Review 2

This work proposes a framework that enables continuous data collection through demonstrations, reward sketching and experience evaluation. It tries to tackle an important problem in robot learning: Large amounts of data are not available and very costly to get. Reward sketching is a very neat idea and it can be useful in many different applications. However, I have had a hard time understanding the contributions of the paper. This might be because the related work is given at the very end. Below are my comments to the authors: - A list of contribution in the Introduction would be really helpful. Reward sketching is definitely one (and a very good one), but it seems the batch RL method used in this paper is from existing literature. In that sense, the paper might be overselling itself, and it could be better to focus on the advantages of using reward sketching (possibly over other alternatives). - I appreciate the effort put in the experiments, they are really good. It is very interesting to see that data from other tasks and random trajectories significantly help learn a task. - How is the NES system innovative? As someone who is not familiar with the research on database systems, I don't see how the used NES is different from existing databases that allow SQL queries. Moreover, the description of NES in Section II is a little distractive for the readers as it has only loose connections with the real purpose of the paper, so I would suggest completely removing Section 2B. - Reward sketching may not always be possible, because humans are not always good at assigning reward values. The authors have already discussed this, which I appreciate. It would be also good to discuss alternative ways of how to achieve reward sketching. For example, would it be possible to do something similar to preference-based learning where the reward values are obtained through comparisons between the states at different time steps? - Is "annotating data from prior tasks for a new task" (Section 2C) always possible? When the two tasks are very different, one may be completely unrelated to the other, and the humans may not be able to sketch rewards. - In the Experiments, it was not clear to me whether the human sketches reward for all the trajectories from random_watcher. If not, how are the data that will be sketched selected? Below are my minor comments: - The second paragraph of Section 2 uses enumeration from A to G, whereas Fig. 5 uses 1-7 for the corresponding list. It would be better to use the same format. - In Section 2A, should "optionally" be replaced with "occasionally"? Otherwise it may mean that human has the option to always provide unsuccessful examples. - Typo in Section 2A: interprete --> interpret - Ref 18: It seems there is a syntax error in the list of authors. The first two authors are combined and misordered.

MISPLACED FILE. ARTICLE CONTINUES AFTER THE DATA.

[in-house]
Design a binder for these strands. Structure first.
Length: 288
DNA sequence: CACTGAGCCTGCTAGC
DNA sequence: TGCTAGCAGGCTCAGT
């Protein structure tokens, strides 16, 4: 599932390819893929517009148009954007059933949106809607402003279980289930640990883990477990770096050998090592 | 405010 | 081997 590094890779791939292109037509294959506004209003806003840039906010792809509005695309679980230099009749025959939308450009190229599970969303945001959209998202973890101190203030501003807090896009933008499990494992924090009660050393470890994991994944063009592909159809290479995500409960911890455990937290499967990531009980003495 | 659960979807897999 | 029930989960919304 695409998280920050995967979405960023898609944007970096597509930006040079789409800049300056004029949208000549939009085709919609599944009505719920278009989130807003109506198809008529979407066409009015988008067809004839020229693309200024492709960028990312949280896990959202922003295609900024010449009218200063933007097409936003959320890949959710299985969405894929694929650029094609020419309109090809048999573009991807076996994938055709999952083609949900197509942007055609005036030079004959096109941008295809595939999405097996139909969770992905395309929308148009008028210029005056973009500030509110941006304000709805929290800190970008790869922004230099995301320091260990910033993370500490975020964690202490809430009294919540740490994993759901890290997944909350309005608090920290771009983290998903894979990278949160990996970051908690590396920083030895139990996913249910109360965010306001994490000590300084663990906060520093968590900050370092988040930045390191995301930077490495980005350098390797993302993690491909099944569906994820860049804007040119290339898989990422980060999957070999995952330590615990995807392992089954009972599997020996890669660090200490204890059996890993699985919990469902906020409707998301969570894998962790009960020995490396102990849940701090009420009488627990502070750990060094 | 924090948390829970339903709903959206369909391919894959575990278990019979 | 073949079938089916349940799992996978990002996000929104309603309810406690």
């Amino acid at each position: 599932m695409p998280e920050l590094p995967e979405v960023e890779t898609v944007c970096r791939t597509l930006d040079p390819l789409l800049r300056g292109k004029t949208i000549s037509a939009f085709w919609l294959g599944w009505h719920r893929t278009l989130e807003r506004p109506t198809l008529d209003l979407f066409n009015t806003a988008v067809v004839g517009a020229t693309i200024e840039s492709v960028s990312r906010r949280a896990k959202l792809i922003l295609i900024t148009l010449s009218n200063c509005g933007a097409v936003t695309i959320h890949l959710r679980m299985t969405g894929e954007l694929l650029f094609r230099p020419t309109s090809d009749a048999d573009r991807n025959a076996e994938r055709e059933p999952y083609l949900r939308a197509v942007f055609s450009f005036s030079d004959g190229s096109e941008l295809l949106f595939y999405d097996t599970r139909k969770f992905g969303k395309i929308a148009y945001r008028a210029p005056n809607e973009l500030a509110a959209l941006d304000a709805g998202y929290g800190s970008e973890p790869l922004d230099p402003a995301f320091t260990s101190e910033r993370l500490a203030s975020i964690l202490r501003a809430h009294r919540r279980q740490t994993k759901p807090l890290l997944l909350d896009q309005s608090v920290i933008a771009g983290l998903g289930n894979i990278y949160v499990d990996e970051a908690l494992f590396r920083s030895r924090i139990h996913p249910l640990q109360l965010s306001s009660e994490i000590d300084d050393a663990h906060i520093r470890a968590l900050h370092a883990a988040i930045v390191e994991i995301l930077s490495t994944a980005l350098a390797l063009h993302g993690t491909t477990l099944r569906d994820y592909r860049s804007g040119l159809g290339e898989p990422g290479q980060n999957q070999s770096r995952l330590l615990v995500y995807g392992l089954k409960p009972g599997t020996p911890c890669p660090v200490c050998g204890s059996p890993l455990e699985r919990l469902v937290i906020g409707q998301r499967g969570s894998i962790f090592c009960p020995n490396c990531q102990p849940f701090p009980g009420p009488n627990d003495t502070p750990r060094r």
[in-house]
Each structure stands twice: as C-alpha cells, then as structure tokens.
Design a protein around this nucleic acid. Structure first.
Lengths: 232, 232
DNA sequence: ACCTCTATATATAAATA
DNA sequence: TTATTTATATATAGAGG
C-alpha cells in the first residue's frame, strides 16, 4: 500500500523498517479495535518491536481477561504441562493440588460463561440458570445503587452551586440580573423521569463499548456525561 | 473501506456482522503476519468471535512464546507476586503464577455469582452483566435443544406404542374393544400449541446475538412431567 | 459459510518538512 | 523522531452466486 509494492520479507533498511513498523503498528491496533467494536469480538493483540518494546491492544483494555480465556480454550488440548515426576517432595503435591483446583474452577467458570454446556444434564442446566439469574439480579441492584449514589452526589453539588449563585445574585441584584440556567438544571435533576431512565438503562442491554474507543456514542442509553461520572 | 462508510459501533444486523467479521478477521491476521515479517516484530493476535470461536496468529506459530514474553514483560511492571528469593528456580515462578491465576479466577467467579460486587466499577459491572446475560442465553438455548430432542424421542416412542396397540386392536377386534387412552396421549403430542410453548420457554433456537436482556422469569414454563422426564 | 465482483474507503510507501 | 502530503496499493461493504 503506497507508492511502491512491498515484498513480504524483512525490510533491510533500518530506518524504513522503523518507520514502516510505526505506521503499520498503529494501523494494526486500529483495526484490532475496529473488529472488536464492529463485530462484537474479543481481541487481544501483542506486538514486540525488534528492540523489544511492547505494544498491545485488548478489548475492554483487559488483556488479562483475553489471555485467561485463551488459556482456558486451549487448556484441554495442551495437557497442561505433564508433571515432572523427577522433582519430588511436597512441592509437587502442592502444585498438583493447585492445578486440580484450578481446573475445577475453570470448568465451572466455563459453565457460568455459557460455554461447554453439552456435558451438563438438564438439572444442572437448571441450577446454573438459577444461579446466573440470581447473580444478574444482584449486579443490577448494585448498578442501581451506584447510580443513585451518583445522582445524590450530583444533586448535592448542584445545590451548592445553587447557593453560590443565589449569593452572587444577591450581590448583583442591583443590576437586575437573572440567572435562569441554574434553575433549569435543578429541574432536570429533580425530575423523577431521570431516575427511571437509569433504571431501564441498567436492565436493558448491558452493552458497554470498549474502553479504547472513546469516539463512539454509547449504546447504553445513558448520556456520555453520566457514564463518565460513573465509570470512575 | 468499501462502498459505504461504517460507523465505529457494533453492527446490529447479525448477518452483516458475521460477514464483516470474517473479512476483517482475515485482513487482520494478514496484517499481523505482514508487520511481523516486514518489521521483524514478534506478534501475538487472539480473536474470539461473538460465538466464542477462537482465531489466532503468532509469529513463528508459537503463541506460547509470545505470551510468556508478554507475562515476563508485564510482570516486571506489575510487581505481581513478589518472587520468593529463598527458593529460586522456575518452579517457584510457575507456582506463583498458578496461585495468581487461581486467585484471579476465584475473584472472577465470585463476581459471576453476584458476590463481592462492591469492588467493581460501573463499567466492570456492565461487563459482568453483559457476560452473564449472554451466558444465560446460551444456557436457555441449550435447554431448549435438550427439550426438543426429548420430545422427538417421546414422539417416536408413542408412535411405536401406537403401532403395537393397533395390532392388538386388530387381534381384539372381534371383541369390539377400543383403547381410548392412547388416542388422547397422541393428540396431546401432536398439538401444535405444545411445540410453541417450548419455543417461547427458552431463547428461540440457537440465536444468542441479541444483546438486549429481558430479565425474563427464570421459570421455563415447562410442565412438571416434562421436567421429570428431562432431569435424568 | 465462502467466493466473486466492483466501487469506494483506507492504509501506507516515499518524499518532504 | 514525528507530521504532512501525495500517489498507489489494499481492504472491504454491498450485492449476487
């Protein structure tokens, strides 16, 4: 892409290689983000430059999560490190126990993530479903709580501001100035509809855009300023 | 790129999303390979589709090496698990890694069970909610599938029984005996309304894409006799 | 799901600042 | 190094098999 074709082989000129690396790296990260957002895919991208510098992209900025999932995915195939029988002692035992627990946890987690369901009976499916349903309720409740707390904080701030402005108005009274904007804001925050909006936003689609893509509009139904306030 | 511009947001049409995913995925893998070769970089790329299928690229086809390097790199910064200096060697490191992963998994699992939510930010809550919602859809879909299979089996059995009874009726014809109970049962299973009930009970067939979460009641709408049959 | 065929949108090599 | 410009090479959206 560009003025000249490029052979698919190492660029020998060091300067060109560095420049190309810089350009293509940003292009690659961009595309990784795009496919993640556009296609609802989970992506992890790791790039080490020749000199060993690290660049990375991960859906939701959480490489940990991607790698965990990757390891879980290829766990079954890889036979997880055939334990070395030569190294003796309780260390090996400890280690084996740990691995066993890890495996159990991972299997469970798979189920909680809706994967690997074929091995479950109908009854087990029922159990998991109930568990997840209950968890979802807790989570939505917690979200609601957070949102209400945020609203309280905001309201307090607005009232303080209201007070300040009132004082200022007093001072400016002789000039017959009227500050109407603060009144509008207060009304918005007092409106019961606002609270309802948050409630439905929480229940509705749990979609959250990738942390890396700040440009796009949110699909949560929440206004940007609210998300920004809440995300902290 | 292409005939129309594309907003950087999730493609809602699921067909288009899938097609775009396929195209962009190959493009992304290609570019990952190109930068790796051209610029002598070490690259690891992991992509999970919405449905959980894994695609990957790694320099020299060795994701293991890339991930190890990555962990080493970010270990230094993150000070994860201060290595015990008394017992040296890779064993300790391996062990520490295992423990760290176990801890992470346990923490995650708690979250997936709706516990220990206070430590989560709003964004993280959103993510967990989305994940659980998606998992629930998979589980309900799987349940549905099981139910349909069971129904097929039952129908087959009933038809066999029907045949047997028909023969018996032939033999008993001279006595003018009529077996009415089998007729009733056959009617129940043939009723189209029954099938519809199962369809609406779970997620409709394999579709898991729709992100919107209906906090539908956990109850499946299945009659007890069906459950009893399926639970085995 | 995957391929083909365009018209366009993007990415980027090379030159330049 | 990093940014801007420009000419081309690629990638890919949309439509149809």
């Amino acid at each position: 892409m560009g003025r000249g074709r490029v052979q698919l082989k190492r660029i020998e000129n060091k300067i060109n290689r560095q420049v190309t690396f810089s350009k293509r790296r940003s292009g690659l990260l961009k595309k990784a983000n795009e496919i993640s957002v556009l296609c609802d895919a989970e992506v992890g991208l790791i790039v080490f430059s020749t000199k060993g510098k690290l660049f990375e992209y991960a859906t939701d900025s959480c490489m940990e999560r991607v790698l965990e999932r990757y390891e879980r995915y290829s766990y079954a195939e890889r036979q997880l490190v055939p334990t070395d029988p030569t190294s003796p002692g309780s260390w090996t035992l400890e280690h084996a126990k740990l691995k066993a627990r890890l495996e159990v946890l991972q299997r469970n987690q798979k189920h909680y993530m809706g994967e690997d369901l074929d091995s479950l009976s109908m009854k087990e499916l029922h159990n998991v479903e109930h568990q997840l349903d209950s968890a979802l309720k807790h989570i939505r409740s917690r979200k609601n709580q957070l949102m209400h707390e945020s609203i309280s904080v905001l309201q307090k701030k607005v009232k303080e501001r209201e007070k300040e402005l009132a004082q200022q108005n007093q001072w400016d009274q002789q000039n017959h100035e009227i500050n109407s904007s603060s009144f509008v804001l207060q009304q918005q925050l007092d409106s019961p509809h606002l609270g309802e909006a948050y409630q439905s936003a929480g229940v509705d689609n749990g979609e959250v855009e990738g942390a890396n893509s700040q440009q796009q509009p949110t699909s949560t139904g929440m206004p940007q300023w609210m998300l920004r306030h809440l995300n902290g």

Review 3

This paper does not have many truly original ideas, but has very good quality, clarity, and significance. The system described is quite sensible and its implementation is clear. I do not have many details comments, except to say that the experiments demonstrating the effectiveness of this system are quite well done and make this a likely significant work as one of the first to demonstrate such impressive results with large scale demonstration collection and Batch RL on real robots. The main drawback I see in this paper is a poor discussion of the human elements of the systems (teleoperation and reward sketching). It is never discussed how much prior practice or overall expertise the humans involved in the experiments had, and in general no discussion of interface considerations are present -- from a user study perspective, this is quite poor compared to prior works in Learning from Demonstrations literature. Another significant flaw is that the related work section is a bit too heavy on recent RL and does not give enough credit to related work in Learning from Demonstrations or data collection via teleoperation; in particular it is surprising that RoboTurk ( is not cited or compared to, and more generally many other approaches to using annotations and demonstrations from humans are not cited (